Five Misconceptions About Female Hockey Players

Aubrey Klavon

Blades dig into ice as the player races to catch their opponent. Air breezes past their face and the cheers of the crowd are simply background noise. Sticks clash and the player’s ponytail is flying around as she skates full force into her zone in an attempt to stop her opponent from scoring. She makes it back in time and knocks the puck away from him. “Yeah G-force!” the family of The Ice Dogs shout from the bleachers. Most people are surprised to find a female playing on a male’s team. However, they’re more surprised to find out about the actual experience of being on the team. Shows like Bella and the Bulldogs lead us to believe female players will experience lots of struggles due to their gender; however, this isn’t the case.


Misconception: Parents are more protective of their daughter when playing against boys.

Reality: The parents are no more protective about their girls than their boys. WO Parent Gina Klavon said she was equally worried about all her kids playing hockey, regardless of gender. Nonetheless, parents are concerned about their kids being injured. “It’s a rough sport, I was worried about her getting hurt. However, I felt the same way about all my children playing hockey,” Gina said.


Misconception: The girl is not truly part of the team.

Reality: The boys treat the girl like one of them. Frosh. Gianna Klavon felt like a member of the team, and her mother agreed. “Most players treat her like any other player,” Gina said. Even the coaches attempt to be inclusive by saying ‘guys and girl’ when addressing the team. Coach Michael Klavon observed that the boys didn’t treat Gianna any different on the ice, and invited her to join them off the ice when running around the hotel, playing mini sticks, or watching television. Although one might think by changing in a separate location, the girl will feel less included, Gianna said she never felt as though she was missing out. In fact, she enjoyed having her own space so that she could focus before the game and not be distracted by her teammates. While the locker rooms weren’t always ideal as they were often small, dirty rooms, it was still nice to be alone.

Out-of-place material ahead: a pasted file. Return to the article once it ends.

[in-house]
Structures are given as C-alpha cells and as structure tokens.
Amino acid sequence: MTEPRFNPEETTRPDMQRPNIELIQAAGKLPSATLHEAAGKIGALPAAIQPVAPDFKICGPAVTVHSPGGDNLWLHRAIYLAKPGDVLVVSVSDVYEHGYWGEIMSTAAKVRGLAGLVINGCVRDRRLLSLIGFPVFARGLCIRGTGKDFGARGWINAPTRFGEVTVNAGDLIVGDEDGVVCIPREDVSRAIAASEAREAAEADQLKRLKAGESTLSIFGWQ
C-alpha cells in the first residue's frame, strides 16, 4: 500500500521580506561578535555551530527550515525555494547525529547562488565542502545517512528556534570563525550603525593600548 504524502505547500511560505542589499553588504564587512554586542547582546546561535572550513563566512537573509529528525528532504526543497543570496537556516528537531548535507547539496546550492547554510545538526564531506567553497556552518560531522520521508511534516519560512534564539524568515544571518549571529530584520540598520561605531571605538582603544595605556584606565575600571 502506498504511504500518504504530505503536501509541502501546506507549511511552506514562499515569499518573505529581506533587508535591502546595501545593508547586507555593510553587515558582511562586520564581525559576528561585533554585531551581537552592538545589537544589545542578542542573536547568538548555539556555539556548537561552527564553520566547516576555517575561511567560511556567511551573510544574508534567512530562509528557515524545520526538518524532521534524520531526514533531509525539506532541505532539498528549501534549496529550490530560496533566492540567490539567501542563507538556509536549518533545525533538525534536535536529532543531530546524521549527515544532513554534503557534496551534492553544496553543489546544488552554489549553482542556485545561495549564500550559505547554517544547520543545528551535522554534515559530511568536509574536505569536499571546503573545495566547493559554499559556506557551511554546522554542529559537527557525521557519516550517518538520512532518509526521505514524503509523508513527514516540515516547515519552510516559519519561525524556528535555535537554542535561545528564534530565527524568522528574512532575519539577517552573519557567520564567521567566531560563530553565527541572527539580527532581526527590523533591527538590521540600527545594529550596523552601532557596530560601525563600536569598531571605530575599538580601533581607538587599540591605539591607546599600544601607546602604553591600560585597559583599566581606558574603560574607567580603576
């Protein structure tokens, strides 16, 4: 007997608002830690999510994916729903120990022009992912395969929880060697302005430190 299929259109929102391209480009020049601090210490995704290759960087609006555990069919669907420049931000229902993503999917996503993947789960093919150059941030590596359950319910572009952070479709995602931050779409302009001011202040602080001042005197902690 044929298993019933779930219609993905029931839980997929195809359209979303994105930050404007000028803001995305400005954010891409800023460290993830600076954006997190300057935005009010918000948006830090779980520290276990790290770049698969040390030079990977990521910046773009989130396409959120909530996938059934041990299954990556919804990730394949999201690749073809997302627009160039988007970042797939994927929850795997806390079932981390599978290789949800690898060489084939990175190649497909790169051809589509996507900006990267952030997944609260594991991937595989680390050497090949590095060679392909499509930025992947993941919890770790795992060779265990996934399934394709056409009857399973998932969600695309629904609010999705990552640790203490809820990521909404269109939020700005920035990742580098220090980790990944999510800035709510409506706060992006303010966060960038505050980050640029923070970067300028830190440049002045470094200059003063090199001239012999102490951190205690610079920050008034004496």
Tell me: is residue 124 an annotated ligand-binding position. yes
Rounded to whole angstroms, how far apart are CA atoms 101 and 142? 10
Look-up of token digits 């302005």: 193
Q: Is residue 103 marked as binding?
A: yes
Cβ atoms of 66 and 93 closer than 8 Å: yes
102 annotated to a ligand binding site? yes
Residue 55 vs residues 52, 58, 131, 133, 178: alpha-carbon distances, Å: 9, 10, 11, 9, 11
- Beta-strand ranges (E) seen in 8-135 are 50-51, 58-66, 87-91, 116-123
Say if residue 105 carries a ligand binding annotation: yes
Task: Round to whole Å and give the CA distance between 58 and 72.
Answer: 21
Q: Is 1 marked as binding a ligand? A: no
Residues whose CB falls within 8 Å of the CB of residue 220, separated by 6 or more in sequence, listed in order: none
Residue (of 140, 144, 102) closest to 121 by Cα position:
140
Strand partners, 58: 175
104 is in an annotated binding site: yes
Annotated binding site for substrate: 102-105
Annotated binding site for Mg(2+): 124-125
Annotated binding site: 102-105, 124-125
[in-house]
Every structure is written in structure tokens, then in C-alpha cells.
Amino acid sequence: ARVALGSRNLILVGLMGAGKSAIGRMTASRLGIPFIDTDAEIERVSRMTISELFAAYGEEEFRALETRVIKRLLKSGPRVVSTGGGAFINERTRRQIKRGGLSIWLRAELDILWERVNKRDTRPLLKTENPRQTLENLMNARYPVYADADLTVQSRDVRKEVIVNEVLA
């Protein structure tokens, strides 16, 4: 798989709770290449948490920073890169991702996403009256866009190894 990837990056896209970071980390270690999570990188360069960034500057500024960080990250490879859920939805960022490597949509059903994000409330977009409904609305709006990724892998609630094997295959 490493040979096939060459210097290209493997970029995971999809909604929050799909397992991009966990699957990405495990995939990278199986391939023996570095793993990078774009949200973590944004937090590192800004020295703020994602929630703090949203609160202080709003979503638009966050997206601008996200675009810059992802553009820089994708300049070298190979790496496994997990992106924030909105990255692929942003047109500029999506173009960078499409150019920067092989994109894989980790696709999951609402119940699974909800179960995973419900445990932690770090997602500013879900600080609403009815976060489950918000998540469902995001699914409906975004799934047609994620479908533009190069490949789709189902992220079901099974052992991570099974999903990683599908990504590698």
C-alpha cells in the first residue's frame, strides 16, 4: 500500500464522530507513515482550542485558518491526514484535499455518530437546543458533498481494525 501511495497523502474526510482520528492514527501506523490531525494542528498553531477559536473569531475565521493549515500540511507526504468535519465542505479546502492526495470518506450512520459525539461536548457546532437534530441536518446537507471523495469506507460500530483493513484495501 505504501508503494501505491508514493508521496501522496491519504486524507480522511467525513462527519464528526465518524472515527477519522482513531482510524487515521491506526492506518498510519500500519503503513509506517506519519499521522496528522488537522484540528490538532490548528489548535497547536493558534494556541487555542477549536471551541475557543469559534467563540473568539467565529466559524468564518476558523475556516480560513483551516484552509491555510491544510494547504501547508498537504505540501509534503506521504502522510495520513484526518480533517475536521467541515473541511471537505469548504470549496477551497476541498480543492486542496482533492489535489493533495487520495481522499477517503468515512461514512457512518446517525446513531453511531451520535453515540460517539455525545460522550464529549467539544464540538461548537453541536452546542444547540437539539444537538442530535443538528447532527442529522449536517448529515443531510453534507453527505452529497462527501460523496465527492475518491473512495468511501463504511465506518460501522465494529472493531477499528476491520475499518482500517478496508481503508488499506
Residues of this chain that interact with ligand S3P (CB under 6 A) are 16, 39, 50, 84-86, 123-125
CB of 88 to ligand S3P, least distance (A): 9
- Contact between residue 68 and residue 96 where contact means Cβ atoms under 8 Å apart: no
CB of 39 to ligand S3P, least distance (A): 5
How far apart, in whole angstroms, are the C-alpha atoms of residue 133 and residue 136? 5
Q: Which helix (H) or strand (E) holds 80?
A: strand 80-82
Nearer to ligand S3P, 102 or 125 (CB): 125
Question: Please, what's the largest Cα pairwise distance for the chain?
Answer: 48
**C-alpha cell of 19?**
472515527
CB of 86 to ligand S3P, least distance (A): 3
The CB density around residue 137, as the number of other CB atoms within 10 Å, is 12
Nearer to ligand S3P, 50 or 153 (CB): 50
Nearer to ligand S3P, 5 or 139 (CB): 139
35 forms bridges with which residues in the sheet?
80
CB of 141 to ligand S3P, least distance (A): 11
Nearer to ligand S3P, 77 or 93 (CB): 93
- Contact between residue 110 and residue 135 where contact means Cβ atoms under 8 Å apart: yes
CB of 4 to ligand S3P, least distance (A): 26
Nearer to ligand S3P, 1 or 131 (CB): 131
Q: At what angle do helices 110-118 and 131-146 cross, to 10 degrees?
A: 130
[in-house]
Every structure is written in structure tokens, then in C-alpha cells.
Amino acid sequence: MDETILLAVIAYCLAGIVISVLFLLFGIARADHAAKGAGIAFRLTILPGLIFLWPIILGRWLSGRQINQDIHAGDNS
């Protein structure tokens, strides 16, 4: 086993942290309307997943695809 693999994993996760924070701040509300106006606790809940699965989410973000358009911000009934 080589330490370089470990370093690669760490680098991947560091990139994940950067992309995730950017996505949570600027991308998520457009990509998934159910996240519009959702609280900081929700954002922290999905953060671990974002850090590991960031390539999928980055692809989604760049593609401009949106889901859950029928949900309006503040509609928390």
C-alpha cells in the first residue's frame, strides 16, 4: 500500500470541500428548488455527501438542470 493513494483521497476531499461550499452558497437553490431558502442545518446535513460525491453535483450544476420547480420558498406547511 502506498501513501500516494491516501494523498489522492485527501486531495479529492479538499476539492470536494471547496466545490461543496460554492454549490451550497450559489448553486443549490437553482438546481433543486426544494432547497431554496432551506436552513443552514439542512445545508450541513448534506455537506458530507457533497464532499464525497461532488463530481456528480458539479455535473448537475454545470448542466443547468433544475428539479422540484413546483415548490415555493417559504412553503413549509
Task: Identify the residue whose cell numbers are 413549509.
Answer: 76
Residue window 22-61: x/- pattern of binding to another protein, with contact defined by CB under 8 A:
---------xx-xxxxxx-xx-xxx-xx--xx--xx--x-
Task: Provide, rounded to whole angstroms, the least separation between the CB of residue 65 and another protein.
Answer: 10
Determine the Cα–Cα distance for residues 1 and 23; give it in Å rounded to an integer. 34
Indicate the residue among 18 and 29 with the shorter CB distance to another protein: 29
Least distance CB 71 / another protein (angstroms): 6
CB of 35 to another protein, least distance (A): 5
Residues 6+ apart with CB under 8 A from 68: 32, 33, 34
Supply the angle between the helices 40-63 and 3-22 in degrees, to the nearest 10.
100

Misconception: The girl doesn’t get as much playing time.

Reality: Girls aren’t played less because of their gender. Coaches want to win, so if the player has skill, they’re going to get playing time. Coaches do not dislike players based on gender as evident through their continuous equal treatment of all players on the team. “As a coach and player, I like to think hockey is gender neutral and people are treated equally for getting out there and giving it their all,” Michael said. Gianna never had a moment where she felt she was unfairly played less, but instead got equal playing time to every member on the team. “I didn’t play less ‘cause I’m a girl,” Gianna said. The coaches treated her the same way they’d treat any boy with her skill level and never benched her just because they didn’t want a girl out on the ice. Everyone could recognize her talent as a hockey player and gender wasn’t factored into it.


Misconception: Opponents target the girl.

Reality: For the most part, opponents treat the girl equally. Although Gina noted there were a few times Gianna’s opponents targeted her, the other team generally does not care their opponent is a girl, just that they’re an opposing player. “As soon as they see the ponytail they make assumptions about you,” Gianna said. She went on to explain that opponents think less of her until they actually see her play, but once they see she’s tough she becomes their equal.


Misconception: People don’t want to admit the girl is good.

Reality: People are just as quick to compliment a girl as any other player. Gianna’s talent has constantly been recognized by parents, coaches, and players. “All comments have been positive and encouraging,” Gina said. The goalie’s dad has told Gina on multiple occasions that when Gianna is on defense, he never worries because he knows she’ll stop any breakaways. In the first game of the Bantam level, where checking is legal, Gianna made a great play near the end of the game. It was the third period, the minutes were running down, the crowd was glancing over to see how much time was left. Everyone was tense and excited, hoping this first game would be a win. As a player on the opposing team skated into the home team’s zone on a breakaway, the crowd grew more nervous. Gianna forced the player out toward the boards and made a clean check, which the coach claimed as the best check of the game. She knocked a boy twice her size right on his bottom and helped win the game. The crowd went wild, cheering louder than they had for any other play. “It was a proud parent and coach moment,” Michael said.


Women in sports have come a long way since Title XI was instituted. Although there is still sexism to an extent, there is much less than you would expect. Women have the opportunity to play all the same sports as men and be treated the same. As Gianna said, “People respect you more than expected.”20151122_123127